Life has never bought me a drink.
On many winter nights,
At a snack stall in a dead-end alley,
I emptied out my pockets to buy life a drink.
But life has never bought me a single drink.
Whether it was a snowy day,
Or a day when a stone lotus flower silently bloomed and fell.
As she reads, Hae-won recalls being alone in Seoul, feeling pressured to work harder and make her classes more “fun” per her boss. Hwi wants to go next, but Jang-woo wants to hear from Hae-won. The theme is winter, so anything that comes to mind on the topic is fine.
Eun-seob jumps in to say she hasn’t had time to prepare, but before he can finish, she begins to recite a passage about painful memories of a lost love. It’s from “An Empty Field of Grass,” a novel written by her aunt who is revealed to have been a best-selling author. Everyone loves it and is amazed Hae-won committed it to memory.
They munch on some roasted tangerines (You can roast tangerines?!) as they chat and laugh together. Messing with Jang-woo, in particular, seems to be everyone’s favorite pastime. And aw, Hyun-ji stole the hot packs for Gil-bok. Hae-won watches everyone goofing around and looks genuinely happy and relaxed.
Geun-sang walks Hwi and Hyun-ji home and asks what Hyun-ji’s dream is. She wants to be a rapper who’s famous but not a celebrity and writes lyrics everyone can relate to but aren’t common. Pfft. Hwi calls it nonsense, and she and Hyun-ji bicker the rest of the way.
Hae-won stays behind at Goodnight Bookshop. She tells Eun-seob she hasn’t read in a while. Her life was hard enough without worrying about the problems of characters in stories. But today made her curious, especially the poem collection “The Person I Love.” Eun-seob smiles.
Hae-won’s friend Ji-yeon (mother of the disappearing baby) finds it odd that, despite living next door, Hae-won and Eun-seob weren’t close. But Hae-won does have memories of him from high school, even if they’re vague. What about him?
That night, Eun-seob recalls Hae-won saying she has memories of him and opens his journal he’s had since high school. He thinks back to his fleeting encounters with her back then and one memorable day in music class. The teacher had wanted her to play cello for them, but since she didn’t have her cello with her, she played piano instead. Eun-seob was mesmerized. In the present, Eun-seob falls asleep to that same piano piece.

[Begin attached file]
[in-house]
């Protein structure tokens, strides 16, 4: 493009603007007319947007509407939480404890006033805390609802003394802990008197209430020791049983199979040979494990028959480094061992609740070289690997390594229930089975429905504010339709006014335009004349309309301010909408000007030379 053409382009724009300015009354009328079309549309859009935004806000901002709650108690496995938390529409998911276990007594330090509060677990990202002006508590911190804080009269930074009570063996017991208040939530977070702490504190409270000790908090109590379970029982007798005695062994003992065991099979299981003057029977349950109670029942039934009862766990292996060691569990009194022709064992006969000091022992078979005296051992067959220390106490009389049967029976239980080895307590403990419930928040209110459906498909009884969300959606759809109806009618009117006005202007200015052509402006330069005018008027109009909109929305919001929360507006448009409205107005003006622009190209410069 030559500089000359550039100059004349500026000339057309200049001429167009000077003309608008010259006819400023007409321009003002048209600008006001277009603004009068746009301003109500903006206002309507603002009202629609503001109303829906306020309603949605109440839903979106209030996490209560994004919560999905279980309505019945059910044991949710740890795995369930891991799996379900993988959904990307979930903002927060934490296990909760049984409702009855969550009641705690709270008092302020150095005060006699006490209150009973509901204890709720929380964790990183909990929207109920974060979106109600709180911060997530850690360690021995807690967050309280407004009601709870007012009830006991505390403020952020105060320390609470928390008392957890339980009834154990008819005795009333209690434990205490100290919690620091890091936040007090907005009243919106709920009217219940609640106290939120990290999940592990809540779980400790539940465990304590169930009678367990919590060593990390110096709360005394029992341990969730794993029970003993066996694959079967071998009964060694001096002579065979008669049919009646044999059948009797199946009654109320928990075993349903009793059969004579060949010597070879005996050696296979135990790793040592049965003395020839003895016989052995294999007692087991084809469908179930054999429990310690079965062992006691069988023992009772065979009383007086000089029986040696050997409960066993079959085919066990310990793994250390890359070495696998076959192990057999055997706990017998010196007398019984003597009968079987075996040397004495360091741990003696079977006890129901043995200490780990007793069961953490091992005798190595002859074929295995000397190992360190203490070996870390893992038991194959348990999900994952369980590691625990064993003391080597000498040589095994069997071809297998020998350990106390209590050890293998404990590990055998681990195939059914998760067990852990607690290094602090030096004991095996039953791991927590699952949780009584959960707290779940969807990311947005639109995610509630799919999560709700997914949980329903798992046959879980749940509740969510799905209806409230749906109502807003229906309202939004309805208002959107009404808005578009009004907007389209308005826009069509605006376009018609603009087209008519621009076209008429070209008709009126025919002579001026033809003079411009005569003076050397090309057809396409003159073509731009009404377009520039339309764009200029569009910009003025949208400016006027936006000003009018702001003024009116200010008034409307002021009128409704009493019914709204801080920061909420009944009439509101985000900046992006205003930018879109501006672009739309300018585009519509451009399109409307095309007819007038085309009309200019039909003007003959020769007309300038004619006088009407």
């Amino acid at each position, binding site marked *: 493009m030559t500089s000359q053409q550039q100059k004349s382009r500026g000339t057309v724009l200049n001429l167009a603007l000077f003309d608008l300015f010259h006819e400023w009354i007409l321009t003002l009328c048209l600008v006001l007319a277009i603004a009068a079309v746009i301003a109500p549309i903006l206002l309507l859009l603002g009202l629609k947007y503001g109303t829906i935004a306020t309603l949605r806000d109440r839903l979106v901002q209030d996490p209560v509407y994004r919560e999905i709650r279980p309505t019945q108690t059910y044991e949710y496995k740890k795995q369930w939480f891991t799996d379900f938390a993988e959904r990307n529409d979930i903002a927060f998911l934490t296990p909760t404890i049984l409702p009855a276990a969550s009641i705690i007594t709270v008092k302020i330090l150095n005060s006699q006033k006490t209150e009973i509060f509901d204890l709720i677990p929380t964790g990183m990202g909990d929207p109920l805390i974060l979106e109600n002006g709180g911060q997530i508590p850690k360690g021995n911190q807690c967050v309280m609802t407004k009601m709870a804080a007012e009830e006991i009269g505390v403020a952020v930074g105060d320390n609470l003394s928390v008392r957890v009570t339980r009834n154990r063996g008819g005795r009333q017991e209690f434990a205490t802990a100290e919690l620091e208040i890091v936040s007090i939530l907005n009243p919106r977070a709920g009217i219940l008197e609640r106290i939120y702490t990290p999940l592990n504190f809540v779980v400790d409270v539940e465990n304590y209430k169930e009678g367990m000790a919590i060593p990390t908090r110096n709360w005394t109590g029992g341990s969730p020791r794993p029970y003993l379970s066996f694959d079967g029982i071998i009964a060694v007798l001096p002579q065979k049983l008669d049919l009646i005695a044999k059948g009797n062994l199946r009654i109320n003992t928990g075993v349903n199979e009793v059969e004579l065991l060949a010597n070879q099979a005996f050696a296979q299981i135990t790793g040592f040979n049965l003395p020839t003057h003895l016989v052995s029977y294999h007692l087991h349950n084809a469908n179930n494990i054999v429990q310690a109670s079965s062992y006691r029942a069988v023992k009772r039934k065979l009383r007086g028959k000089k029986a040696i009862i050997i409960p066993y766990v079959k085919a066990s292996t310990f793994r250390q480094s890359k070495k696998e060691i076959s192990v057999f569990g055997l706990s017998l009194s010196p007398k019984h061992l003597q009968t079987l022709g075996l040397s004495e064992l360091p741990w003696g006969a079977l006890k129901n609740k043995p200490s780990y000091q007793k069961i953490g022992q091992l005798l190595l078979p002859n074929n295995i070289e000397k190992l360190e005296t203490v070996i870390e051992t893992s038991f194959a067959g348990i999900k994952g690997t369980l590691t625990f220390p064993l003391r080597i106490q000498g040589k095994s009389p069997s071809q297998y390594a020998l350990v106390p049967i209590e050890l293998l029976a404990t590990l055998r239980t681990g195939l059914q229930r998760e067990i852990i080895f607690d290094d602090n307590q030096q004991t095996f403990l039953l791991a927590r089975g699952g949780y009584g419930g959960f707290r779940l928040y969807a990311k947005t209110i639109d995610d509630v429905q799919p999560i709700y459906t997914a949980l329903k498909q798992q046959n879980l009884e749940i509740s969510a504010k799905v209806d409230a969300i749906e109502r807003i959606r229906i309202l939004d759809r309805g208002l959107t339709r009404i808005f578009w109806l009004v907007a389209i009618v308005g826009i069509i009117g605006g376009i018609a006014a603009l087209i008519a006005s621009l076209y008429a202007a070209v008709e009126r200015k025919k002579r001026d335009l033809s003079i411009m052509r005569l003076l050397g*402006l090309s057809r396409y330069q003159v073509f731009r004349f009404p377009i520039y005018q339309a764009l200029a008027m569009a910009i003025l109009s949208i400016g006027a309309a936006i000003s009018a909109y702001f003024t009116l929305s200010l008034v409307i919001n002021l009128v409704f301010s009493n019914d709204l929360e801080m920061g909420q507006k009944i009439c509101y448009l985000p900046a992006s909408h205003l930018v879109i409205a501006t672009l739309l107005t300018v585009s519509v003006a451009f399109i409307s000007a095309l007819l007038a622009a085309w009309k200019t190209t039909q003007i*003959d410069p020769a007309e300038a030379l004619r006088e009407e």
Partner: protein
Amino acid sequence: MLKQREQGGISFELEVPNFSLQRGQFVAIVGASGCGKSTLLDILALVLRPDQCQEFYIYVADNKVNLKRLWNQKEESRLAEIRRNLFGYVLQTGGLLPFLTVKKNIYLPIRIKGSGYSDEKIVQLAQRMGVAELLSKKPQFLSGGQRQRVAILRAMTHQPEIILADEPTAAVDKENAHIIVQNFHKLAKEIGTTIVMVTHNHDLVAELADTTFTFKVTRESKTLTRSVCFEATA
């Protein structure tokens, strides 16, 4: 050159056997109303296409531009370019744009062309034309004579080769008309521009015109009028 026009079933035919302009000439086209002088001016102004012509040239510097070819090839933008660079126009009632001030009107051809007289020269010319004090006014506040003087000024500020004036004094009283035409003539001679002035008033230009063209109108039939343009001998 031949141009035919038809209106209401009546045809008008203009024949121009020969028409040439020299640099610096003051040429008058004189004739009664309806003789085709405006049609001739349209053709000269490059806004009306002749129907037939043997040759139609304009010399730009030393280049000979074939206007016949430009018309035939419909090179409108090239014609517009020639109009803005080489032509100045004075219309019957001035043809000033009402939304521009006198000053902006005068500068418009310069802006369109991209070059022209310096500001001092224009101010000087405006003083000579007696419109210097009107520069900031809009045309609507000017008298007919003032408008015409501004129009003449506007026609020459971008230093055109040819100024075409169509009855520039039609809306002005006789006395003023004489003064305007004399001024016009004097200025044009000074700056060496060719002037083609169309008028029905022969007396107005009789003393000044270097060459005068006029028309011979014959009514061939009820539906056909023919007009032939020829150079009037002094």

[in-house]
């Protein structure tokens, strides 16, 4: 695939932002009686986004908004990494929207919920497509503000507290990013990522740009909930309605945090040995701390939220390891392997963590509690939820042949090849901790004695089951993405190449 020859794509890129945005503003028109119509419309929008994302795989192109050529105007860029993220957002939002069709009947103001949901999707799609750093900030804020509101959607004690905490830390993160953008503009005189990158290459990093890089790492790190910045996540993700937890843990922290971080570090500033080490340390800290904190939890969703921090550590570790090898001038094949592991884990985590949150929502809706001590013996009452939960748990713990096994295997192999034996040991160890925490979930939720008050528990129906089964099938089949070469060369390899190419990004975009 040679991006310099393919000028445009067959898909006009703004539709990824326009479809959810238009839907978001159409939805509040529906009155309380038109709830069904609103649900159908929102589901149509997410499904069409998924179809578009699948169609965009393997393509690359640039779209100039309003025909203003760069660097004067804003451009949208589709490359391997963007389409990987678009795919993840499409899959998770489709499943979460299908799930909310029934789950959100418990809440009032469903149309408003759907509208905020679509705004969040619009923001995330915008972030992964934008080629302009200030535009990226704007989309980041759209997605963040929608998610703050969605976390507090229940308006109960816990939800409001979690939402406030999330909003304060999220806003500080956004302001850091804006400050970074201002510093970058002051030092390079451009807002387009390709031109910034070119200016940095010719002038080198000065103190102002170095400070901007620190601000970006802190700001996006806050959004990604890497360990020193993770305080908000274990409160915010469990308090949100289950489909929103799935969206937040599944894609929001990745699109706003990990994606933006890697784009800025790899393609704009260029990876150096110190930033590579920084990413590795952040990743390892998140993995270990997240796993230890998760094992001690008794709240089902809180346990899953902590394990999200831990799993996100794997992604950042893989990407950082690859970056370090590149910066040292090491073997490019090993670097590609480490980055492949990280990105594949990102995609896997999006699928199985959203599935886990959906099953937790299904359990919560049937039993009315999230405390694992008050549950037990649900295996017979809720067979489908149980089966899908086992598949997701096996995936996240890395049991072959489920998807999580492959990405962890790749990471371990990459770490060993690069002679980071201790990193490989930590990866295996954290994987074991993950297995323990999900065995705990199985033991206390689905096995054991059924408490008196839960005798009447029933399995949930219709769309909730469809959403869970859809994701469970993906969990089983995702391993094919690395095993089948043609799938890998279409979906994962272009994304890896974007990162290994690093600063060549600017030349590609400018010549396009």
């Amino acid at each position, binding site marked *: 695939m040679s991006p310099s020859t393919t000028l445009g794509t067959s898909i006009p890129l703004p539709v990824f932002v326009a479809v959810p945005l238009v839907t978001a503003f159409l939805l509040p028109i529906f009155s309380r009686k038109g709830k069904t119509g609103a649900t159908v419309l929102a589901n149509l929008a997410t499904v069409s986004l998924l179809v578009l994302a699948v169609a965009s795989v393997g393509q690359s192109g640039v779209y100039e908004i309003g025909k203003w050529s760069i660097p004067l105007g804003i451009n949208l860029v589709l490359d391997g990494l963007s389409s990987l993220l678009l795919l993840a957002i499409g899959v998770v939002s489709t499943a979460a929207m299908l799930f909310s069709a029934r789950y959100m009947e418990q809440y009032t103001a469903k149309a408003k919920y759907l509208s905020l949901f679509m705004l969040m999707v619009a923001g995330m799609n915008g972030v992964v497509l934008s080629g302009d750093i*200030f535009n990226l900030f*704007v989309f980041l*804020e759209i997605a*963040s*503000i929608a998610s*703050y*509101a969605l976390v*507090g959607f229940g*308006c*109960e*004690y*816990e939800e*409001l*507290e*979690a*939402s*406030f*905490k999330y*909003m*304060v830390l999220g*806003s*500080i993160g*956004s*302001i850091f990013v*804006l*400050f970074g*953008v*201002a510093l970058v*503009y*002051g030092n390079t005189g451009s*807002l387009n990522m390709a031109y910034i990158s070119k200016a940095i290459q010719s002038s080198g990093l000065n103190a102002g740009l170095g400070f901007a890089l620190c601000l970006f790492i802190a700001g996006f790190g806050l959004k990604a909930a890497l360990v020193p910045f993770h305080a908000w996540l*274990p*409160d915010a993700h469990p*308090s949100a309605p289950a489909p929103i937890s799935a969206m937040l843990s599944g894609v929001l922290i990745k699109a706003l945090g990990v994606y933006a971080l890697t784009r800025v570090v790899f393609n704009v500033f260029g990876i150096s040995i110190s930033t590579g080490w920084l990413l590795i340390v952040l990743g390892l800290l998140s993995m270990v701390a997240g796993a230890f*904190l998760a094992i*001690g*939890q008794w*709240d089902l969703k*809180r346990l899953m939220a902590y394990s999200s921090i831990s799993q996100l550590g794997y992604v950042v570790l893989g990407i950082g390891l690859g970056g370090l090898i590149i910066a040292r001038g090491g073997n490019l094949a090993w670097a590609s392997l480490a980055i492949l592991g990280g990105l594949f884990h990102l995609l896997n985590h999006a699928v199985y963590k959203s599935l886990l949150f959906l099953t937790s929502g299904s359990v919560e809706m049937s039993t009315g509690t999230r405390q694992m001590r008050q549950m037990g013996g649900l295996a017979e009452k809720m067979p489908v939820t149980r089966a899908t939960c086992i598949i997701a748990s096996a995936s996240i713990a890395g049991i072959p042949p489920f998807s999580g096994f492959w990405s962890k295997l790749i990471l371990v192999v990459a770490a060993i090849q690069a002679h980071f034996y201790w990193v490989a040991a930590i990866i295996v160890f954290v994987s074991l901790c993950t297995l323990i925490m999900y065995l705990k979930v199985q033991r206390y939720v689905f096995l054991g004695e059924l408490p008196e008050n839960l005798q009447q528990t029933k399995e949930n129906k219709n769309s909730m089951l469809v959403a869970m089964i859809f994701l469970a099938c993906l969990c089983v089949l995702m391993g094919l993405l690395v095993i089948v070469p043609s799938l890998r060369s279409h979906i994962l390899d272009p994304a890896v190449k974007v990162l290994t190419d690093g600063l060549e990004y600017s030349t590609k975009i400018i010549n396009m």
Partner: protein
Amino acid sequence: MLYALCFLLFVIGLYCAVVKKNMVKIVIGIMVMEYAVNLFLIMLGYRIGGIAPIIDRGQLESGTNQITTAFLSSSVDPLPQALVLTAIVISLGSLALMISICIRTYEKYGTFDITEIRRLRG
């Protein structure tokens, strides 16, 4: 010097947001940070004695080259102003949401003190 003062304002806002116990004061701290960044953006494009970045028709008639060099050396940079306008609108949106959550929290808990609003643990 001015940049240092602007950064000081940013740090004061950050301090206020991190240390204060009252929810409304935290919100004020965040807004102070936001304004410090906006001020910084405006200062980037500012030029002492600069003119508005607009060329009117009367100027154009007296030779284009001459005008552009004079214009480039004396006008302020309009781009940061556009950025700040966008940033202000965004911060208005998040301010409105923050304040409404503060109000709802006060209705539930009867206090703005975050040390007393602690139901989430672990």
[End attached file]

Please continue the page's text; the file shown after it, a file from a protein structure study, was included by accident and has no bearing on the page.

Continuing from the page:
Over breakfast, Hae-won checks with Myung-yeo about the headaches the pharmacist mentioned. Myung-yeo downplays it and claims the hospital told her nothing is wrong. She changes the subject to Hae-won’s unemployment and is displeased with Hae-won’s plan to give music lessons part-time in town rather than going back to Seoul.
When Hae-won sees a flyer announcing Goodnight Bookshop is hiring, she marches right over to Eun-seob’s. She holds up the flyer and points at herself, smiling. But she’s dismayed to realize he was looking for someone who could ice skate, which she can’t do. Uh, what does an ice rink have to do with the bookshop?
As she leaves, he calls after her that she can work in the bookshop, then. He’ll work at the rink since he knows how to skate. Pfft. Did he just give her his job ’cause he likes her?
In the bookshop, he tells her there’s not much to do since they rarely get customers. Most of the shop’s money comes from online sales. All she has to do is look after the shop while he’s gone. And with that, he heads to the rink. That’s the extent of her training?
Hae-won lazes in the shop, listening to the sounds of the kids having fun at the rink. Looking out the window, she sees Eun-seob’s mom YOON YEO-JUNG (Nam Ki-ae) doting on him. Soon after, Hwi and their dad IM JONG-PIL (Kang Shin-il) join them. Hae-won’s smile as she watches the happy family is tinged with sadness.
Hae-won is reading when Eun-seob gets back that evening. There weren’t any customers that day, which Eun-seob says is the case most days. Jang-woo comes in with a case of beer as she’s leaving. They end up chasing the beer cans around the floor as the case inexplicably bursts. Jang-woo comments these things always happen to him. Ha, I feel you on that one.
Over drinks, Jang-woo rants about his mom trying to marry him off when he’s not even 30 yet. Hae-won heard that people here tend to marry young, which Jang-woo thinks is exactly the problem. Eun-seob’s mom, on the other hand, adores him and wants him to stay unmarried for a while yet.
Jang-woo brings the conversation around to high school and wonders who Hae-won found most annoying. For him, it was Eun-seob with his aloofness. Eun-seob scoffs when Jang-woo complains about the amount of effort he put into his achievements and pleasing people. Jang-woo puts him in a headlock.
Jang-woo brings up Bo-yeong again, saying she wants to clear up some “misunderstanding” between her and Hae-won. Hae-won goes cold and says she hates that term. Just admit if you did something wrong—don’t pass it off as a “misunderstanding.” It puts the responsibility on the wronged party by implying it was their mistake.
Jang-woo awkwardly agrees and whispers to Eun-seob that she’s really blunt. Hae-won continues that Bo-yeong was in the wrong and never apologized. They go silent and jump when a horn honks outside. Jang-woo springs up and announces his taxi is here to get him out of this awkward situation, for which he is deeply grateful. HA!
On his way out, Jang-woo says in a rush that he kind of gave Bo-yeong the phone number for Hodu House. She might call Hae-won. He leaves with a big smile and wave as Hae-won yells after him.
Eun-seob asks if she has anything else she’d like to say. We flash back to when Hae-won met Bo-yeong for the first time. She was excited to learn Hae-won lived at the popular guesthouse with her aunt Myung-yeo, the famous novelist. Bo-yeong noted that they were very different, seeing as her family ran a mill. Hae-won didn’t see why that should make a difference, making Bo-yeong smile.